Jun 6, 2006
expectant mothers who are overweight or obese could be putting their own health and the health of their unborn child at risk, according to UK researchers published in a report today by researchers at the University of Teesside’s School of Health & Social Care. The report is available at http://www.tees.ac.uk/schools/SOH/obesity_maternal.cfm
Carolyn Summerbell, who heads the University of Teesside’s Centre for Food, Physical Activity and Obesity Research, reviewed some of the clinical issues related to caring for obese pregnant mothers. “We’re not trying to blame or stigmatize obese pregnant mothers and we would certainly not recommend that overweight mums-to-be go on crash diets. But our initial findings show reasons for concern with obese pregnant mothers, and there is a lack of weight management guidance and support readily available for them”
Lead researcher Nicola Heslehurst said the research team was alerted to the growing problem by anecdotal evidence from midwives and other staff in maternity units in the region who are increasingly concerned about the apparent increase in the number of women who were obese at the start of their pregnancy.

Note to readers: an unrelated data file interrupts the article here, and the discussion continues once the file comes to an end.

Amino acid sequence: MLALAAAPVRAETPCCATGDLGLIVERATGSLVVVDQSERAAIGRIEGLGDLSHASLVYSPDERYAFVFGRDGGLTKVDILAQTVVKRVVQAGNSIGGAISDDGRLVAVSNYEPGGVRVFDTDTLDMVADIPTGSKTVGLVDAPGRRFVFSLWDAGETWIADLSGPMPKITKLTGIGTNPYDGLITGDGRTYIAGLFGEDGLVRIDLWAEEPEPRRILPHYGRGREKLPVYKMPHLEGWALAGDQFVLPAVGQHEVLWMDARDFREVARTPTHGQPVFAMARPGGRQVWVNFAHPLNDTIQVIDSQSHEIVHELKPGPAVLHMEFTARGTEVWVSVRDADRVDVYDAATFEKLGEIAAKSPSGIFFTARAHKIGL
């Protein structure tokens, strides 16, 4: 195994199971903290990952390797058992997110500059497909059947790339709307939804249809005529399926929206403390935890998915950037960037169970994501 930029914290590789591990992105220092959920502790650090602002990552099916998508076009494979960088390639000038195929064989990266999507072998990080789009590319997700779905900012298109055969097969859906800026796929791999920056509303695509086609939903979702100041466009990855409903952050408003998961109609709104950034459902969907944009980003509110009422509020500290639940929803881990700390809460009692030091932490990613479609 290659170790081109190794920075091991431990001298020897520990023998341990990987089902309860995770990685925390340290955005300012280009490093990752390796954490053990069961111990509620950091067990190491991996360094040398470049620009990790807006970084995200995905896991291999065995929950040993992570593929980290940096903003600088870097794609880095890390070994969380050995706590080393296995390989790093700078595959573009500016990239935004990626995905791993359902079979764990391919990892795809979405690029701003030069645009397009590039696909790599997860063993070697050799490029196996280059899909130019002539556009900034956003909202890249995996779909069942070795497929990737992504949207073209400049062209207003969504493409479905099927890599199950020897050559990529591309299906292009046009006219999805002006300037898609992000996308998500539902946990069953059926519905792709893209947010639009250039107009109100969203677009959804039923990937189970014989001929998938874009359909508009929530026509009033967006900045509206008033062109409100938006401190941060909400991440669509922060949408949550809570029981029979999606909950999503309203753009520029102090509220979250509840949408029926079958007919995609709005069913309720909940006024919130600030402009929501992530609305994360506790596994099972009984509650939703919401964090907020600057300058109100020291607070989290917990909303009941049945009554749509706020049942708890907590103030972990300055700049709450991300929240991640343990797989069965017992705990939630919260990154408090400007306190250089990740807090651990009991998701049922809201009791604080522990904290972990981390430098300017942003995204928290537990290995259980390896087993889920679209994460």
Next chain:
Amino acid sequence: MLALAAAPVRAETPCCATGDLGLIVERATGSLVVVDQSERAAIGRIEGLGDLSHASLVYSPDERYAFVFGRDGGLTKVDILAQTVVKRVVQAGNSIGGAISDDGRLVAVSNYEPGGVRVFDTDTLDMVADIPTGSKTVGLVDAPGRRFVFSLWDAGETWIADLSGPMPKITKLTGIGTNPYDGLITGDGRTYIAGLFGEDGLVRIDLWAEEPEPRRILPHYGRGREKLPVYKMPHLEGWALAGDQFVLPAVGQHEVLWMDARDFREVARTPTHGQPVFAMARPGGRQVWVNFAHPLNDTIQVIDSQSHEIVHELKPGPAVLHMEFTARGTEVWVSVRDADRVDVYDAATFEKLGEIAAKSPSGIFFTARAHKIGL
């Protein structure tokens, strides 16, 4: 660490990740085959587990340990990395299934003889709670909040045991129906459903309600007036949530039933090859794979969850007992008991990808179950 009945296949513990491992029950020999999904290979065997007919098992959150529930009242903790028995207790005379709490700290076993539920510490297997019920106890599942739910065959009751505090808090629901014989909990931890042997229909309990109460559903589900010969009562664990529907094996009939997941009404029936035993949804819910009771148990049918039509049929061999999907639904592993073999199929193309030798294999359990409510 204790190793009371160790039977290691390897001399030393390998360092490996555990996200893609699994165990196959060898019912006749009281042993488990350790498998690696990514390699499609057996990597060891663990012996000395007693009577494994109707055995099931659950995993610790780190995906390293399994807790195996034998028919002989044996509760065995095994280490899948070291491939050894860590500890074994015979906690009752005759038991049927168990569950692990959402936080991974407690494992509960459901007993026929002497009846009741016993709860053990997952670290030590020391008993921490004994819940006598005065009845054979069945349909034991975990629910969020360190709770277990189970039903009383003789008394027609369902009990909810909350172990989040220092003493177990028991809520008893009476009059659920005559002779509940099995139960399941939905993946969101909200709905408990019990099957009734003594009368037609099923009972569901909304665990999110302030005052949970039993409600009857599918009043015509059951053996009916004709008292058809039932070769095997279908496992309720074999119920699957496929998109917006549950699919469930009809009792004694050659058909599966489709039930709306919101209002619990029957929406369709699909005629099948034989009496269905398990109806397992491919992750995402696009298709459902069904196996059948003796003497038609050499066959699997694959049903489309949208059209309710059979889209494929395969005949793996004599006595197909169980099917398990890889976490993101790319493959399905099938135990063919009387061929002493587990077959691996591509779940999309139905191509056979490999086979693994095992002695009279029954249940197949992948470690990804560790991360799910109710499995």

“Doctors and midwives in the region have expressed concerns about the increase in complications that can arise when mums are obese. One of the problems is that sometimes you can’t see the ultrasound scan of the baby properly in obese pregnant women and this can lead to clinical problems as well as being upsetting for the parents who are not able to see a picture of their baby”.
Dr Judith Rankin, Associate Director of the Regional Maternity Survey Office (RMSO) and a partner in the study, said: “This research will help to inform the [UK's National Health Service] NHS about the changes needed to the way service delivery is carried out and how the information is collected.”
“While this is clearly a serious issue, we don’t want to do anything that will encourage pregnant women who are obese to go on a crash diet during pregnancy. What they should do is try to eat a healthy diet during pregnancy and then lose weight after their child is born and before they have their next child,” she said.